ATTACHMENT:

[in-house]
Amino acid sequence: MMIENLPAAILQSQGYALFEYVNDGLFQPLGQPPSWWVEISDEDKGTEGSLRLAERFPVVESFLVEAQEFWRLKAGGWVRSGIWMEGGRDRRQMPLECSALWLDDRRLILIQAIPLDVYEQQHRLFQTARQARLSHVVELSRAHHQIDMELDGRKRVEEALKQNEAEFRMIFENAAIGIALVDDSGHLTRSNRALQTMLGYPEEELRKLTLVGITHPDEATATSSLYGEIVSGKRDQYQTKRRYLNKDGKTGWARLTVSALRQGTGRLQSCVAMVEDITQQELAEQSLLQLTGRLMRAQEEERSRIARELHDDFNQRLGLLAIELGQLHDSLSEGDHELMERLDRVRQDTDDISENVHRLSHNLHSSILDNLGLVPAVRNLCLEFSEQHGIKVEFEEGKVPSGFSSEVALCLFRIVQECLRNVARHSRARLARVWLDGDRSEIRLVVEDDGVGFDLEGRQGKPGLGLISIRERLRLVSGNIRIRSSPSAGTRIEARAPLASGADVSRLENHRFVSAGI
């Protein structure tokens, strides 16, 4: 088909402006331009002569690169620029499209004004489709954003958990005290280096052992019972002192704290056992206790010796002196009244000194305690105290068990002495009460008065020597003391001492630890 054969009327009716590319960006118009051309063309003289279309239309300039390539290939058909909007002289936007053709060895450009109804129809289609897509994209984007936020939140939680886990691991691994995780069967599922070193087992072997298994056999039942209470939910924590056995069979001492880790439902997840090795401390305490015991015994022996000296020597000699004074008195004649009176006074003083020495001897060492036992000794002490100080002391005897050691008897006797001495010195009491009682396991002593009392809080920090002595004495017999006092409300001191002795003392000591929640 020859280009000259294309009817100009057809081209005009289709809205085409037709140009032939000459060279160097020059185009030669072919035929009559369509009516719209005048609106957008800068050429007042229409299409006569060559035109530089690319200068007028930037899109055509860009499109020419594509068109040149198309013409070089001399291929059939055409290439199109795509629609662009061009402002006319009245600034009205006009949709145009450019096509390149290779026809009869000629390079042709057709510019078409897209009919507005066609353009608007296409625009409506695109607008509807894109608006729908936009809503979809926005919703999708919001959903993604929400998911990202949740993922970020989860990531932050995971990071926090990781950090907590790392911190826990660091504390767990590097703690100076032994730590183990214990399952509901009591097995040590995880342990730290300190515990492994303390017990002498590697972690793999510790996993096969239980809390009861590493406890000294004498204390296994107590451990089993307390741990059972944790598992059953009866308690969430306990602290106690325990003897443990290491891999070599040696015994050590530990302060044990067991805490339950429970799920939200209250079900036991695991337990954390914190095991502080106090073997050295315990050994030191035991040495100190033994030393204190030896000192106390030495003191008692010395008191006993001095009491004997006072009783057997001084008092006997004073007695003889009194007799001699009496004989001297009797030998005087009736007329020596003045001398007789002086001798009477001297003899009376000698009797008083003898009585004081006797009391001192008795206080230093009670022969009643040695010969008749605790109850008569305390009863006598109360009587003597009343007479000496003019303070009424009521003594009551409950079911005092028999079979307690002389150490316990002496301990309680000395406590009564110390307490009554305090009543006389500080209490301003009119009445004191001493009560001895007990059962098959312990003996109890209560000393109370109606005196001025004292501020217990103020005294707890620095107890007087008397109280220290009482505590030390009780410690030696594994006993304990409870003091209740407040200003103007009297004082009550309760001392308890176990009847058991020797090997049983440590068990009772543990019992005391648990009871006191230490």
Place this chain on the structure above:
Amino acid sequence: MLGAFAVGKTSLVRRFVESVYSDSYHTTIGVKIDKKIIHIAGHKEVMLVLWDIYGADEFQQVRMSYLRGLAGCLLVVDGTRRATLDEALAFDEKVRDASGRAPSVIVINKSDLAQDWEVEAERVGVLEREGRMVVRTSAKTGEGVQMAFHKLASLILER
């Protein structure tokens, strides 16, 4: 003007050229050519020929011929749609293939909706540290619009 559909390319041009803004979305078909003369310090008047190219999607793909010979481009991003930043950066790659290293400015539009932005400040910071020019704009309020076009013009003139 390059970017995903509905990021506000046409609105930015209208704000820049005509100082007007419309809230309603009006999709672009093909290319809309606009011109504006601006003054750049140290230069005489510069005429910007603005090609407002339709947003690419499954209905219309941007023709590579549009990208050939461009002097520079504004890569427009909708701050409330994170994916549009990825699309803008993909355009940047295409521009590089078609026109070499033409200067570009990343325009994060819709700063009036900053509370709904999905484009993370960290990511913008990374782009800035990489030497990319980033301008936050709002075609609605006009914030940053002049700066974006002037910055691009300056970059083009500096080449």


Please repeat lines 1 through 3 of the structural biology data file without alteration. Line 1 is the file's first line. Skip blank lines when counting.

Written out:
[in-house]
Amino acid sequence: MMIENLPAAILQSQGYALFEYVNDGLFQPLGQPPSWWVEISDEDKGTEGSLRLAERFPVVESFLVEAQEFWRLKAGGWVRSGIWMEGGRDRRQMPLECSALWLDDRRLILIQAIPLDVYEQQHRLFQTARQARLSHVVELSRAHHQIDMELDGRKRVEEALKQNEAEFRMIFENAAIGIALVDDSGHLTRSNRALQTMLGYPEEELRKLTLVGITHPDEATATSSLYGEIVSGKRDQYQTKRRYLNKDGKTGWARLTVSALRQGTGRLQSCVAMVEDITQQELAEQSLLQLTGRLMRAQEEERSRIARELHDDFNQRLGLLAIELGQLHDSLSEGDHELMERLDRVRQDTDDISENVHRLSHNLHSSILDNLGLVPAVRNLCLEFSEQHGIKVEFEEGKVPSGFSSEVALCLFRIVQECLRNVARHSRARLARVWLDGDRSEIRLVVEDDGVGFDLEGRQGKPGLGLISIRERLRLVSGNIRIRSSPSAGTRIEARAPLASGADVSRLENHRFVSAGI
């Protein structure tokens, strides 16, 4: 088909402006331009002569690169620029499209004004489709954003958990005290280096052992019972002192704290056992206790010796002196009244000194305690105290068990002495009460008065020597003391001492630890 054969009327009716590319960006118009051309063309003289279309239309300039390539290939058909909007002289936007053709060895450009109804129809289609897509994209984007936020939140939680886990691991691994995780069967599922070193087992072997298994056999039942209470939910924590056995069979001492880790439902997840090795401390305490015991015994022996000296020597000699004074008195004649009176006074003083020495001897060492036992000794002490100080002391005897050691008897006797001495010195009491009682396991002593009392809080920090002595004495017999006092409300001191002795003392000591929640 020859280009000259294309009817100009057809081209005009289709809205085409037709140009032939000459060279160097020059185009030669072919035929009559369509009516719209005048609106957008800068050429007042229409299409006569060559035109530089690319200068007028930037899109055509860009499109020419594509068109040149198309013409070089001399291929059939055409290439199109795509629609662009061009402002006319009245600034009205006009949709145009450019096509390149290779026809009869000629390079042709057709510019078409897209009919507005066609353009608007296409625009409506695109607008509807894109608006729908936009809503979809926005919703999708919001959903993604929400998911990202949740993922970020989860990531932050995971990071926090990781950090907590790392911190826990660091504390767990590097703690100076032994730590183990214990399952509901009591097995040590995880342990730290300190515990492994303390017990002498590697972690793999510790996993096969239980809390009861590493406890000294004498204390296994107590451990089993307390741990059972944790598992059953009866308690969430306990602290106690325990003897443990290491891999070599040696015994050590530990302060044990067991805490339950429970799920939200209250079900036991695991337990954390914190095991502080106090073997050295315990050994030191035991040495100190033994030393204190030896000192106390030495003191008692010395008191006993001095009491004997006072009783057997001084008092006997004073007695003889009194007799001699009496004989001297009797030998005087009736007329020596003045001398007789002086001798009477001297003899009376000698009797008083003898009585004081006797009391001192008795206080230093009670022969009643040695010969008749605790109850008569305390009863006598109360009587003597009343007479000496003019303070009424009521003594009551409950079911005092028999079979307690002389150490316990002496301990309680000395406590009564110390307490009554305090009543006389500080209490301003009119009445004191001493009560001895007990059962098959312990003996109890209560000393109370109606005196001025004292501020217990103020005294707890620095107890007087008397109280220290009482505590030390009780410690030696594994006993304990409870003091209740407040200003103007009297004082009550309760001392308890176990009847058991020797090997049983440590068990009772543990019992005391648990009871006191230490």